Police appeal to road users to be safe as school holidays start

Police are appealing to road users to exercise sound judgement and display personal responsibility while on the road ahead of the upcoming school holidays.

With the aim of keeping these holidays fatality-free, police will be out in force to ensure that everyone arrives to their destination safely.

The school holidays begin today (18 Friday 2015) at the end of the school day and conclude on Monday (5 October 2015).


“It is well known to police and road users alike that the risks on our roads are speeding, drink or drug driving, not wearing a seat belt, and being distracted by a mobile phone,” Acting Assistant Commissioner David Driver said.

“Those prosecuted for such offences are the ones putting themselves, their passengers, and other road users at great risk of a serious injury, or fatal crash.

Over the last 12 months police have;

  • Issued 208,087 infringements for speeding, down 10,150 from the previous year;
  • Prosecuted 19010 drink drivers, down 853 from the previous year;
  • Prosecuted 6350 drug drivers, up 3685 from the previous year;
  • Issued 13532 infringements for drivers and passengers not wearing seat belts, down 979 from the previous year;
  • Issued 36,845 infringements for drivers using a mobile phone, up 1659 from the previous year.

“Aside from our key risks, the challenges for other road users such as motorcycle riders, cyclists, and pedestrians, continue to be an issue, with many losing their lives as a result of poor personal responsibility on our roads,” Acting Assistant Commissioner Driver said.

So far this year, 252 people have died on NSW roads, 25 more than this time last year.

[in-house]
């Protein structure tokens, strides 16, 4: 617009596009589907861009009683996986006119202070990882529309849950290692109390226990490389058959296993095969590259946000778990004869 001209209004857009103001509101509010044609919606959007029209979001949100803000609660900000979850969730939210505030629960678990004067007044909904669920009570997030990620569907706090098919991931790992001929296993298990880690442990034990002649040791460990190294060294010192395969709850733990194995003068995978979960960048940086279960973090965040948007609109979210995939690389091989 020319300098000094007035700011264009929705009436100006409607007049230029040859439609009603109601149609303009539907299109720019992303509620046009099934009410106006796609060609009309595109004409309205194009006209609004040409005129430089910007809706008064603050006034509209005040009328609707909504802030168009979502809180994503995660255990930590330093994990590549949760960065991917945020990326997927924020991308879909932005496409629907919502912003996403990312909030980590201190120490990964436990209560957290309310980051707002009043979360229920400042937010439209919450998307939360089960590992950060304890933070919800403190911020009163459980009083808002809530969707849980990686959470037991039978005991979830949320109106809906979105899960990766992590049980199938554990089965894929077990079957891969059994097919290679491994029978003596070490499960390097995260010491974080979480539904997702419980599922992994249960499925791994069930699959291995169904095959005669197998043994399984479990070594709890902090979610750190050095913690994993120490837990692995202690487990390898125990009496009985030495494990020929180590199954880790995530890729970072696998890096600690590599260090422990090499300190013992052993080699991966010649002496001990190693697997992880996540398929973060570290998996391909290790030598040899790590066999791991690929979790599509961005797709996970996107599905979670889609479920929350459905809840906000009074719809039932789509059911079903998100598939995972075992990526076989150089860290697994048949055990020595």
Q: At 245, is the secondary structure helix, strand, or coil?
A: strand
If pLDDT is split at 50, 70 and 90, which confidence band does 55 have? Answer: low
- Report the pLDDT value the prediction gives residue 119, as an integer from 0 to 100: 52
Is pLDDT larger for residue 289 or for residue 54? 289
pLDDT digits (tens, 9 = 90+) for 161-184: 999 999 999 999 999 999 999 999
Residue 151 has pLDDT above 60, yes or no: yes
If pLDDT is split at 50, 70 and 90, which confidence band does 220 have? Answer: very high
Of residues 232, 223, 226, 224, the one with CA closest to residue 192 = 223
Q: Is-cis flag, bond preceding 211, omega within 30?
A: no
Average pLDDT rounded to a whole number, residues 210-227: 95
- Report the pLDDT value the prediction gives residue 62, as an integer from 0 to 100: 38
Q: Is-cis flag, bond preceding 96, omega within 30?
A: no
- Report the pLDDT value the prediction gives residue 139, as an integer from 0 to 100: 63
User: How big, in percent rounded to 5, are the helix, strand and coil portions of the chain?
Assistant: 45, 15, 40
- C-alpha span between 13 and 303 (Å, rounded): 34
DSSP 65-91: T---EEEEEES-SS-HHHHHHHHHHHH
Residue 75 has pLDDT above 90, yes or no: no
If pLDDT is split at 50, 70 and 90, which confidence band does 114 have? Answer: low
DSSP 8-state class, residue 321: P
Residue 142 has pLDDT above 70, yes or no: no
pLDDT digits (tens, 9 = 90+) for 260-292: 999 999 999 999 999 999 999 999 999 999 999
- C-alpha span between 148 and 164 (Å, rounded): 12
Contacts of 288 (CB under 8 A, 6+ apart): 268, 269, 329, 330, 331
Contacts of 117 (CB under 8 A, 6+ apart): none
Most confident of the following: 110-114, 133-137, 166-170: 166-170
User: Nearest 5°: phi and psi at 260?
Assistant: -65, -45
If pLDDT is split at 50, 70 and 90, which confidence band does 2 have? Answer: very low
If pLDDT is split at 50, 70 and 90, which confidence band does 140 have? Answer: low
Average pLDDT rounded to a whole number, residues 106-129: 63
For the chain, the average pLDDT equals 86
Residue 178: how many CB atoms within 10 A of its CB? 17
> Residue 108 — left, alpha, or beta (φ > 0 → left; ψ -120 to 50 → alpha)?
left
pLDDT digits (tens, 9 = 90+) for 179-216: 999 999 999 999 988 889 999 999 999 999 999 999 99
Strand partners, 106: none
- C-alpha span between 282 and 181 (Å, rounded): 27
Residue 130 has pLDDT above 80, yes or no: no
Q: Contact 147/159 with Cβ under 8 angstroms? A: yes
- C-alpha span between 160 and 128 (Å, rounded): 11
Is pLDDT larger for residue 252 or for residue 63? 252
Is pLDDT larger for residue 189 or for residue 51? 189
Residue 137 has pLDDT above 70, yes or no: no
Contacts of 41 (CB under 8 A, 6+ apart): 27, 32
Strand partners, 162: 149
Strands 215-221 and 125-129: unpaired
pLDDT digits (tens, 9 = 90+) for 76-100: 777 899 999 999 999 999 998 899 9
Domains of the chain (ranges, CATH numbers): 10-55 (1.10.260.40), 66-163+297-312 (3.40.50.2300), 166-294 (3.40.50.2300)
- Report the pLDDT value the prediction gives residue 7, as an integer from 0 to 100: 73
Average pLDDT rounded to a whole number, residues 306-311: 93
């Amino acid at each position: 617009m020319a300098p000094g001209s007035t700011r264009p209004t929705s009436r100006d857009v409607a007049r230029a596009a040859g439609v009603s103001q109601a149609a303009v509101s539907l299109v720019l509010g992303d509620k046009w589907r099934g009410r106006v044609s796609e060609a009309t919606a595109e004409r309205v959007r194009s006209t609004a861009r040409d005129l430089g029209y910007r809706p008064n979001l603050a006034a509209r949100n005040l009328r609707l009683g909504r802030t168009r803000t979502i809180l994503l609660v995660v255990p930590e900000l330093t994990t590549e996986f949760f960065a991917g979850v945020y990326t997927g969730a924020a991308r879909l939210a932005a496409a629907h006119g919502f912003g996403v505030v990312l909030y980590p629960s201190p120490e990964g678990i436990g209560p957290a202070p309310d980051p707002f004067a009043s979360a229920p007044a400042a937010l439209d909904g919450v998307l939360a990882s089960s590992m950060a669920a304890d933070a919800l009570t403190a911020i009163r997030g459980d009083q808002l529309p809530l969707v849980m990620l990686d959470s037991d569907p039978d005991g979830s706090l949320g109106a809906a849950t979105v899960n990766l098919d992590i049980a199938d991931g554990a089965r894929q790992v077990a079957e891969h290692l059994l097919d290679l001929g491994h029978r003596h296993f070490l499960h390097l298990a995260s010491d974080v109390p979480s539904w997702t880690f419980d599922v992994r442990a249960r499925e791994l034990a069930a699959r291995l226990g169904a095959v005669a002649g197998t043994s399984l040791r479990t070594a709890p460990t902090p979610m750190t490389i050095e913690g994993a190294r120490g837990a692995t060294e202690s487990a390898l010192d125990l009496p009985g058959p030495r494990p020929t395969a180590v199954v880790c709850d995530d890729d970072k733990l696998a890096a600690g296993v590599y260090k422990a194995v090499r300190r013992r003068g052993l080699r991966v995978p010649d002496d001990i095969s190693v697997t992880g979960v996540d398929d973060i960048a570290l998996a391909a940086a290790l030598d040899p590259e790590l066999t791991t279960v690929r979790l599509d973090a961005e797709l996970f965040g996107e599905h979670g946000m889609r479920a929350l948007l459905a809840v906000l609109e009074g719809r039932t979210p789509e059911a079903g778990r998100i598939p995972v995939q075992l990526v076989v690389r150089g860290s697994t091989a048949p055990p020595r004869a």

“As families now consider their school holiday journeys, I ask that drivers, riders, cyclists, and pedestrians alike consider the basics of road safety;

  • Have at least 8 hours sleep before you begin a long journey;
  • Stop every two hours to refresh and revive;
  • Be seen to be seen! – wear bright clothing when riding or cycling and avoid blind spots;
  • Cross at designated or traffic controlled areas;
  • Stick to the speed limits;
  • If you’ve been drinking, don’t drive;
  • Always wear a seat belt, and make sure passengers have theirs fitted;
  • Don’t let yourself become distracted by using a mobile phone whilst driving.

Acting Executive Director Centre for Road Safety Bernard Carlon said holidays provide families with a great opportunity to get in the car for a road trip, but there are a few key things drivers should remember before getting behind the wheel.

“Remember to be well-rested before you get behind the wheel, it’s really important that you don’t drive while tired. Visit testyourtiredself.com.au to see how tired you might be before driving, but more importantly, find out what to do to avoid driving tired,” Mr Carlon said.

“Slow down. Speed is one of the roads biggest killers and plays a role in about 40 per cent of all road deaths, so Don’t Rush.

“Keep an eye on your speed to make sure you’re driving at a safe speed and always, drive to the road conditions.

And finally, Get Your Hand Off It – because no phone call or text is worth putting your family at risk or compromising safety for everyone else out on the road,” Mr Carlon said.